It’s a very good blend of the two – of Metroid and Arkham. The one change that we did end up making it that there’s no XP in the game, so everything is item-based. The reason we did it that way is to give the player more of a sense of collection in this game. That was a design decision. If you unlock an ability based on experience, you might not have necessarily traveled to that place and gotten something. It’s the general overall experience that you have in the game, it’s that experience of getting that XP to buy that item, but what we wanted to do is put everything into an item-based system that you place into the environment, that gives you the motivation to explore the areas of the building. So that it gives you that flavor of: “Oh, I want that ability I can get up there,” rather than “I need to beat up some more guys to get the XP to unlock this thing.” I think it fits well for our style of game.

How have you brought in elements of the free-flow combat system?

We had to build that from the ground up. We made it so that Batman is still moving right to left, but the enemies have depth to them; they can be in the foreground or the background. So all of the free-flow system will still apply, but it’s just scoped for the handheld. What we wanted to do is make sure it felt more like Old Boy the movie than like Old School the game. That it wasn’t just enemies lined up behind each other – that you still felt like that you were encompassed by enemies that were around you but you still have the limitations of right and left. Again, that’s something we are continuing to polish right up to when we’re going to be finished with the game. I think that we are going to have a really good, true feel of that free-flow combat system even though the application of it is different.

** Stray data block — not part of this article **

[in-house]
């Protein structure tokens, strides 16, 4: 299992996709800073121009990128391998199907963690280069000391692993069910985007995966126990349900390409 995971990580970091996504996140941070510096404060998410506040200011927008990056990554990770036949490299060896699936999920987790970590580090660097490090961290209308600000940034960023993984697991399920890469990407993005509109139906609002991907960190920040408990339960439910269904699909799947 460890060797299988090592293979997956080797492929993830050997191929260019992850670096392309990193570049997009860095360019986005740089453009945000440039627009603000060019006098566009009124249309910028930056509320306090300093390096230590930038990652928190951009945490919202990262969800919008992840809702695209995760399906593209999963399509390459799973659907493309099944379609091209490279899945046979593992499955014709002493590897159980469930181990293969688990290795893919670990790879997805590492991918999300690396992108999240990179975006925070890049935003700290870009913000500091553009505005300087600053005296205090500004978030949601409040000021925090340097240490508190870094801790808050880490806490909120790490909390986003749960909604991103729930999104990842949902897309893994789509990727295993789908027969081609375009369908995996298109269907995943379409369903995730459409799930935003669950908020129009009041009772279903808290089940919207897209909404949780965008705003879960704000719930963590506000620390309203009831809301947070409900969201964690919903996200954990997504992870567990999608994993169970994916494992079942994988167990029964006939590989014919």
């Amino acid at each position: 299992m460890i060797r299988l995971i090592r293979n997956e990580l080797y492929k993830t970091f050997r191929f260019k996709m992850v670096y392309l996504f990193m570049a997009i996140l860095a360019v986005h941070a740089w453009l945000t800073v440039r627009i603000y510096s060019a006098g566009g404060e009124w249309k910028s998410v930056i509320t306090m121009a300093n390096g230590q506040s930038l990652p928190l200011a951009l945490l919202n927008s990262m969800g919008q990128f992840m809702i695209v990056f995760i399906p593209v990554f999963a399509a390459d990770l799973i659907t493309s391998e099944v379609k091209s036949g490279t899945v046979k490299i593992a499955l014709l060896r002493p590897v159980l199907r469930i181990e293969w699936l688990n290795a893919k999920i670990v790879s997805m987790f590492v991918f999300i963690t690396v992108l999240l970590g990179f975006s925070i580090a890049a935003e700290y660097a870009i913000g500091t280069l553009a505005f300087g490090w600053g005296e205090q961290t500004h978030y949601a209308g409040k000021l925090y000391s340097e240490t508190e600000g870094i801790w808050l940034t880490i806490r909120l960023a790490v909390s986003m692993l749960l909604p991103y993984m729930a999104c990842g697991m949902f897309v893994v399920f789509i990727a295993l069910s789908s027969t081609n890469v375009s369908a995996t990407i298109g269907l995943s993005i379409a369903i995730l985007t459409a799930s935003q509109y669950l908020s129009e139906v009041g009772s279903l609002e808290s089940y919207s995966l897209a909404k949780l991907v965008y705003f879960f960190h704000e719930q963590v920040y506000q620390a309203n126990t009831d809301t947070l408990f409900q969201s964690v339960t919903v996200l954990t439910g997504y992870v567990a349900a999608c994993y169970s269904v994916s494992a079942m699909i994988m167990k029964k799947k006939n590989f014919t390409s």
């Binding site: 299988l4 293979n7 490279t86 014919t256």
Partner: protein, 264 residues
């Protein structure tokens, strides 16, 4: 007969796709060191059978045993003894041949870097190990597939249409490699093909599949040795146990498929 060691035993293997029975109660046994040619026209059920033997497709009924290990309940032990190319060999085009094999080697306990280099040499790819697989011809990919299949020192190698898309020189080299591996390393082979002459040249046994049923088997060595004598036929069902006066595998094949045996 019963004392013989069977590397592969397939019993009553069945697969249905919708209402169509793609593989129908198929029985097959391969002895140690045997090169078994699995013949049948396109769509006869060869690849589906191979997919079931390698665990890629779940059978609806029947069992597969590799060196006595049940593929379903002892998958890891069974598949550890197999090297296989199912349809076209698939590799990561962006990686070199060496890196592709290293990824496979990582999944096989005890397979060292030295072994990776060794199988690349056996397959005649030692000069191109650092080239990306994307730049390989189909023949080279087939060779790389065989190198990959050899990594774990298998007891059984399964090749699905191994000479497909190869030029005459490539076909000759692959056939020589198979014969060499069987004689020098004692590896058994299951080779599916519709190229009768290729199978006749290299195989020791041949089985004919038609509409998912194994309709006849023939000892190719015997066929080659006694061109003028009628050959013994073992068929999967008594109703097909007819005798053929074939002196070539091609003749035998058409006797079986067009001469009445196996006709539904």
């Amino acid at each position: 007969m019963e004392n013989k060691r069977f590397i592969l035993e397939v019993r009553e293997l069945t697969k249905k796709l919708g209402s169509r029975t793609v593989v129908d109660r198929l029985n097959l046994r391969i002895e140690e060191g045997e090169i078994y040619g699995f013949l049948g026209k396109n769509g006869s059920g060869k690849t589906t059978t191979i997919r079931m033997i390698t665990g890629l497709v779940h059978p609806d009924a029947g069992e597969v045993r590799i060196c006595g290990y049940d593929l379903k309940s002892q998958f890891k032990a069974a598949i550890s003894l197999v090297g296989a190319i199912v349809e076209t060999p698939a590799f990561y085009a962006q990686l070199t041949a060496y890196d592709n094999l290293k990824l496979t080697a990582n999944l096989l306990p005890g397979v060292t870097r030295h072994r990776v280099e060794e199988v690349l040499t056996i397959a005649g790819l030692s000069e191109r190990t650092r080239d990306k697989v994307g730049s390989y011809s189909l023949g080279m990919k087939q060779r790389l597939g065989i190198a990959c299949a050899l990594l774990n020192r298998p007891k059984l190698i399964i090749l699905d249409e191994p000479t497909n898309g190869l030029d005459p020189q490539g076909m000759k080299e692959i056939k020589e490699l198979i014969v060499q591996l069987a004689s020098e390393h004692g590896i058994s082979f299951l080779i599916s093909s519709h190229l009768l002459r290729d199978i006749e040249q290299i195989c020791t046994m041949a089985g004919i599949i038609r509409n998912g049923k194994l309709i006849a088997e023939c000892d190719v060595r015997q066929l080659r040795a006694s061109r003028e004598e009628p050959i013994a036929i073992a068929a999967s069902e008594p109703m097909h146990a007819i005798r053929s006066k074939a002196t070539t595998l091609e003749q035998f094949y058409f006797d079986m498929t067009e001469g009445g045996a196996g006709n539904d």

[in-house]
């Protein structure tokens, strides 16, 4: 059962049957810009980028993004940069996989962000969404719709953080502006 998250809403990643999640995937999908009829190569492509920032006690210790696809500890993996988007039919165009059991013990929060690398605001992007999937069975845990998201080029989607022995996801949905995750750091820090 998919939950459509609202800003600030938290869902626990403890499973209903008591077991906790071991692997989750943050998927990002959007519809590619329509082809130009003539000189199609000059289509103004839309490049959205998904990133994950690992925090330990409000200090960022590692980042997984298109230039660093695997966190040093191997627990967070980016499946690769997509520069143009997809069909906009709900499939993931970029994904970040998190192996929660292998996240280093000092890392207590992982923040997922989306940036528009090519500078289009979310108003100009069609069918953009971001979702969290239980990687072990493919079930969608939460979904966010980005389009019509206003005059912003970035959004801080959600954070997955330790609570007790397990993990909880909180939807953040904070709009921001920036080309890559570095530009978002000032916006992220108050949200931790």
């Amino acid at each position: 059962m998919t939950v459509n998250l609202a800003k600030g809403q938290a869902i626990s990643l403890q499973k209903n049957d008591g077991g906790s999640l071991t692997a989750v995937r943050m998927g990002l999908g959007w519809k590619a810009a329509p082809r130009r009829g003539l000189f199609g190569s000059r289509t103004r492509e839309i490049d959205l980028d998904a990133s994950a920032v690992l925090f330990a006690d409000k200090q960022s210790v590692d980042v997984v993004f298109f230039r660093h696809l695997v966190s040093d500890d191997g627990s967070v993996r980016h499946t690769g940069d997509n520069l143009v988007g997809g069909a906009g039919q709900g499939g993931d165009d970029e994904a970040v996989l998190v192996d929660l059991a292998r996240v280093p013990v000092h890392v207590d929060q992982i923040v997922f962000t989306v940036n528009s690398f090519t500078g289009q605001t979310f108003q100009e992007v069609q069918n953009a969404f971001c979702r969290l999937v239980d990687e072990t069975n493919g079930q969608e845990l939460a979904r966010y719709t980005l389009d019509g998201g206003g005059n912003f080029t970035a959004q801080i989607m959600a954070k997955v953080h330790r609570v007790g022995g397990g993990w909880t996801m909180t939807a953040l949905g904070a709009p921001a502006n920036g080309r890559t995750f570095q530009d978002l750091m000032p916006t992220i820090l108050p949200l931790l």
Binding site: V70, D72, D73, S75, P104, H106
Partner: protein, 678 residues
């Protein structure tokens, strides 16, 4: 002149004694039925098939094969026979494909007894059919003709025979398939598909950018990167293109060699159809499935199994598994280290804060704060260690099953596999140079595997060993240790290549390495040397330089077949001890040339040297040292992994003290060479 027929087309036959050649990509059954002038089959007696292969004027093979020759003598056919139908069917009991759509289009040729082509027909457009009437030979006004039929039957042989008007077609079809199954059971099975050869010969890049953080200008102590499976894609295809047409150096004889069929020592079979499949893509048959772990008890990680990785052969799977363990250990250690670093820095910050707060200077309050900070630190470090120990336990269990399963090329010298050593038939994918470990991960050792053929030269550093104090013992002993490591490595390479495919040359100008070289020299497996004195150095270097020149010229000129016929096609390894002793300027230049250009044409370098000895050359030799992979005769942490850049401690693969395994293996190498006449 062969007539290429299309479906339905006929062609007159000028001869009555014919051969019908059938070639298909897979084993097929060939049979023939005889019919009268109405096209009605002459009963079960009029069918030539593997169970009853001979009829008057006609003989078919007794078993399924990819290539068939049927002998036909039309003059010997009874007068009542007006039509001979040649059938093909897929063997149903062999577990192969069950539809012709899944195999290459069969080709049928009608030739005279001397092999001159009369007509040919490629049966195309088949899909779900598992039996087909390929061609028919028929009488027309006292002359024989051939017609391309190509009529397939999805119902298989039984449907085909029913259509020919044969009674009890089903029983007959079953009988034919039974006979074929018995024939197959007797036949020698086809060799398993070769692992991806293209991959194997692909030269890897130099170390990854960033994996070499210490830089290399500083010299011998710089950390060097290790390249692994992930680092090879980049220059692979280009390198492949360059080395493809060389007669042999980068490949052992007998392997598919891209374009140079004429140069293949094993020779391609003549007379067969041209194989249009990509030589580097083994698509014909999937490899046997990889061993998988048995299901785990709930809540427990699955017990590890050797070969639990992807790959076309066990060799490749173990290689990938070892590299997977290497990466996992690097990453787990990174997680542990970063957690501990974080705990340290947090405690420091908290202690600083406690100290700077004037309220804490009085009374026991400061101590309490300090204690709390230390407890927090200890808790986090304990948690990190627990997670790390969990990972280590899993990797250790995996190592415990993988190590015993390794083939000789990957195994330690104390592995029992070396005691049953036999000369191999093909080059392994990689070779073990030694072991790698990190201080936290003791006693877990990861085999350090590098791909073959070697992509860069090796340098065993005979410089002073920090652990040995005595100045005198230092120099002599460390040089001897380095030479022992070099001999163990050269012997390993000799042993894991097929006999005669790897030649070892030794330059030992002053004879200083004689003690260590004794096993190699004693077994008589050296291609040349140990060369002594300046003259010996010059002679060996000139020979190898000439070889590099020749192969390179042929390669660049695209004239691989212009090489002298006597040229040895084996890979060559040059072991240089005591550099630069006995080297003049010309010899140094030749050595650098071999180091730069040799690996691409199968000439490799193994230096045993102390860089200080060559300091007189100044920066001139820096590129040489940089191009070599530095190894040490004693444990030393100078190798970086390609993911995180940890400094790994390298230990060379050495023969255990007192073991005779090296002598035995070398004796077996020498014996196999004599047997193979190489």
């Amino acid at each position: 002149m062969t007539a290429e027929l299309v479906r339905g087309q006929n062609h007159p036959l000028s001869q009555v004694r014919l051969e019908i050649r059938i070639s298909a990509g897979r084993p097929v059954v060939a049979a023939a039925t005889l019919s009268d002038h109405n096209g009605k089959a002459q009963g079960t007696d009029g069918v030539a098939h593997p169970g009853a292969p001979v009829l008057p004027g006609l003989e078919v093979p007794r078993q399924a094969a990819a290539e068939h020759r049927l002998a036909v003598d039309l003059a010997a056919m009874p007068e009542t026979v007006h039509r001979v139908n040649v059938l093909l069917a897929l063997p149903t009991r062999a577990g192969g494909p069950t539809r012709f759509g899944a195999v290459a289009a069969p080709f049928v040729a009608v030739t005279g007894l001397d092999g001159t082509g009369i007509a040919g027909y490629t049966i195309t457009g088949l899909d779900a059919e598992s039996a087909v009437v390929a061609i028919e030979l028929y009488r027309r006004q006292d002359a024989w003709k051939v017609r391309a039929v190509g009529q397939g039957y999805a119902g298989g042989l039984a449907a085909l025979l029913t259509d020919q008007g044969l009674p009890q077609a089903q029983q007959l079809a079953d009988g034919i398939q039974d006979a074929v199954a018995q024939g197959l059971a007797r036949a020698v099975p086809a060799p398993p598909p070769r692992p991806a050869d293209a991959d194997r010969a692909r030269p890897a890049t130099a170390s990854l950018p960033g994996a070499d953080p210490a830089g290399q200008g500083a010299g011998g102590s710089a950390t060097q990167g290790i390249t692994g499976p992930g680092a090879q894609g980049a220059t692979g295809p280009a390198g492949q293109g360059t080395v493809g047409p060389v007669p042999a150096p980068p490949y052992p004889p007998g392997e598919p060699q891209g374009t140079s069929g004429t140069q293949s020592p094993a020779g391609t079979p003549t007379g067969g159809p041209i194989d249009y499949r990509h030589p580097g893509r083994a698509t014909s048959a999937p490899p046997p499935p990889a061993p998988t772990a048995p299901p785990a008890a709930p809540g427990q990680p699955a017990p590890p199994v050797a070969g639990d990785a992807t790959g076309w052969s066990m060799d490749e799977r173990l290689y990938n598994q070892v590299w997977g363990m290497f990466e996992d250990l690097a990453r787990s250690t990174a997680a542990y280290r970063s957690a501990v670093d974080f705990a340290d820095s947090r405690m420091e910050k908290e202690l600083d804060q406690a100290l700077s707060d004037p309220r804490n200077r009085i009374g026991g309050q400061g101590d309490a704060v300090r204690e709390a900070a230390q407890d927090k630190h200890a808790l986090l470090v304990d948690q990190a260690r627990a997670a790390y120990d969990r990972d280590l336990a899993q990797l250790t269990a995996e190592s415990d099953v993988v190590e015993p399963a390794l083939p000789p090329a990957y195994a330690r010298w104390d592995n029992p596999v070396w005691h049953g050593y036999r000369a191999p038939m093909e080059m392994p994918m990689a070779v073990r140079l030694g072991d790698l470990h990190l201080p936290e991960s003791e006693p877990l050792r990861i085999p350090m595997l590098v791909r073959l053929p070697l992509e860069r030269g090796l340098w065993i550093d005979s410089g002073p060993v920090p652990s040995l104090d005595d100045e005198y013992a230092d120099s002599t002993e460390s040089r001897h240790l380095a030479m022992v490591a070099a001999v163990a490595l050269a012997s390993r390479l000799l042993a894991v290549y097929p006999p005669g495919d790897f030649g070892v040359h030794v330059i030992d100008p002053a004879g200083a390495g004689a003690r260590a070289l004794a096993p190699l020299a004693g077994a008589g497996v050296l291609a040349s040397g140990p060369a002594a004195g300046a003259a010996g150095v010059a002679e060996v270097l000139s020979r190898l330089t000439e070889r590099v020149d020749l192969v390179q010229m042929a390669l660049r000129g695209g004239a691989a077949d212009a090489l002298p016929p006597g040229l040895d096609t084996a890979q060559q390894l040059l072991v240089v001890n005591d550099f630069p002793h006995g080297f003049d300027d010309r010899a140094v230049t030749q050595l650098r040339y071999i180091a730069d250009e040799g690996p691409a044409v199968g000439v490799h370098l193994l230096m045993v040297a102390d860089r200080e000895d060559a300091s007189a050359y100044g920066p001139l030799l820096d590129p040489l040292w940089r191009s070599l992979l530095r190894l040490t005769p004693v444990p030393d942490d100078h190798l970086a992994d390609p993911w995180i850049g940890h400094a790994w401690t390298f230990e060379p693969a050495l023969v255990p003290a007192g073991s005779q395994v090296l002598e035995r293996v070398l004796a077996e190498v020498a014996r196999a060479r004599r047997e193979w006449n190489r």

What are some cool things you can do with the predator-style system?

We wanted to stay true to what was cool about previous Arkham games and their predator modes, which is kind of luring people around and picking them off one by one, and see a sped-up stealth aspect to the game. So because you can’t look around in 2.5D, we had to add a few more layers of feedback to the player. For example, you can see the sightlines of the enemies, which immediately allows you to know whether you are seen or not by enemies. When Batman is in detective mode, you’ll change color based on their proximity or based on how close you are to being seen. We have the same sort of vantage points, floor grates, silent takedowns, glide kicks, weapon use, and breakable walls – a lot of the same complimentary things that were in the console game, that you’ll be able to play in this game. But obviously the feel of it is a little bit different because of the perspective.

What was attractive about Blackgate prison as a setting for your game?

It made sense [laughs]. A prison’s very easy to understand how it would link together. The way we are developing the game is the exact same way we developed the Metroid Prime games. Almost to the tee of how rooms are constructed and snap together and everything. So it’s something that we are very familiar with how it goes. And that’s how we were able to do it in such a short period of time, is that we already knew how to do all this stuff. However, this isn’t using any technology that’s being used in the console, so we had to write it all ourselves. All of the predator stuff, all of the movement – all that was done from absolute scratch, so luckily we knew how to fundamentally make a game like this without having to figure that out. We had a leg up there, but then we had a leg down on the tech side. Where we are right now is a really good place to finish out the game. Yeah, a prison absolutely makes sense for the game.

[Next up: Pacini discusses leaving Metroid (and Nintendo) behind]